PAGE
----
• Sarcasm: how would you detect from a text you read if it was meant the way it was written or not? Tony gave the example of a story he once collected in Pakistan that – reading only the text – would suggest that the person was pretty radical. Using other data collected with SenseMaker, Tony figured out quickly that the text was totally sarcastic.
  • Evolution of language: language changes within generations, if not years. Parents often don’t understand many nuances of the language of their teenage and older children. This makes it difficult for (mostly senior) researcher to interpret stories of others, especially from another generation.

Consequently, the approach used with SenseMaker is to let people interpret their own stories. Today, we will work on a signification framework that we will use over the next six months to collect stories.

SenseMaker® and Systemic Change

Powered by SenseMakerI’m off to Istanbul today. I will participate there in a two-day workshop organised by Cognitive Edge and UNDP. This is part of a new initiative started by the two organisations called Fragments of Impact. The aim of the initiative is to engage with new ways of working on difficult problems in complex and fast-changing situations.

Specifically, the initiative is focused on:

  • generating fast feedback loops
  • capturing data on subtle changes in attitudes, behaviors and perceptions
  • bringing user-centered design methods to development work,
  • implementing projects with the realities of politics and power in mind
  • taking small bets and low-cost prototypes before committing large investments into multi year projects

The initiative will explore the boundaries of using Cognitive Edge’s SenseMaker® software to work on intractable problems in uncertain, culturally-specific environments. SenseMaker® is a research approach and software package that allows us to capture a large number of narratives around a specific issue. Instead of then interpreting the stories ourselves, SenseMaker® gives the power of interpretation to the people who told the stories. They can interpret their own stories within a given framework. The interpretations give us quantitative material that we can analyse statistically. (There is a brief video if you follow the link above by Dave Snowden, one of the brains behind SenseMaker®).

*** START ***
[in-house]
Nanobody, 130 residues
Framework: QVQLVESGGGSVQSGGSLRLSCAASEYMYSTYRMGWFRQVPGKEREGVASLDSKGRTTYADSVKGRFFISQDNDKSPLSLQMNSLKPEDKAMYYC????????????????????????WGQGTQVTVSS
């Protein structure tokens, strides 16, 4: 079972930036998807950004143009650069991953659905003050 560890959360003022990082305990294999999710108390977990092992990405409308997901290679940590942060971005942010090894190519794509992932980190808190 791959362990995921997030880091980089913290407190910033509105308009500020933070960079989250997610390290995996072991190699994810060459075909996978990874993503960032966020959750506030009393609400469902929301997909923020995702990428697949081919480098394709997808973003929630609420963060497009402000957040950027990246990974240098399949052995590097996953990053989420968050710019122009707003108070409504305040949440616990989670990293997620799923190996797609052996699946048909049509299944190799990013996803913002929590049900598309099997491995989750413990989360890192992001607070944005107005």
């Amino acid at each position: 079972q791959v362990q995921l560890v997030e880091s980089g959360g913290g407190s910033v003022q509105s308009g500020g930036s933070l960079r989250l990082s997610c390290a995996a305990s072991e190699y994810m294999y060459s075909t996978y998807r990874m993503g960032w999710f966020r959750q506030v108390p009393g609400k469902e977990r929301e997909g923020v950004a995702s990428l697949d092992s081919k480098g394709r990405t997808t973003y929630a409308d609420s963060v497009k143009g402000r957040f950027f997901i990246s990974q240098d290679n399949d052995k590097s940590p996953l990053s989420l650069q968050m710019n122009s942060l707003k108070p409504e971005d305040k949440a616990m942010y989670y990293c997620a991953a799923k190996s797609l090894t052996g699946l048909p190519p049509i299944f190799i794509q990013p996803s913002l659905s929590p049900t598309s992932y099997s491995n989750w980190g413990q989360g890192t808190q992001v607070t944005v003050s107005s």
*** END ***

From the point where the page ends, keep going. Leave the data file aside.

Mesopartner has already successfully used narrative research approaches and SenseMaker® in various projects. For the Fragments of Impact initiative, I have been asked to support a programme of the International Labour Organisation (ILO) called Yapasa. It works with rural youth in Zambia engaged in the soybean and aquaculture markets. Mesopartner also supports EDA, an economic development agency based in Banja Luka, Bosnia. EDA is also participating in the Fragments of Impact initiative.

SenseMaker® is a powerful tool to capture changes in the systems we engage with. It does so from the perspective of the people in those systems, not from the perspective of us as a researcher. Using an open prompt for stories, narrative research allows us to find change in unexpected places and shapes. It is not about confirming a hypothesis but about scanning the context widely. Self-interpretation by the people who tell the story empower them to live the stories.

We are very excited that Mesopartner is participating in the Fragments of Impact initiative. We will keep you posted on how it goes.

Systemic Insight and complexity: looking forward

This week, the five partners of Mesopartner and Marcus are meeting in South Africa for the annual partner meeting. The meeting is an important event for mesopartner where knowledge and learning is exchanged, new ideas and theories are shared, the Summer Academy is planned, and many other strategic issues are discussed.

One of the central topics this year again was complexity and our Systemic Insight approach. We revisited some of our work that we have done last year building on our learning about complexity and connected tools. For example we shared the learning of the narrative research we did in Latin America as part of a larger study for the Inter-American Development Bank’s Multilateral Investment Funds (MIF).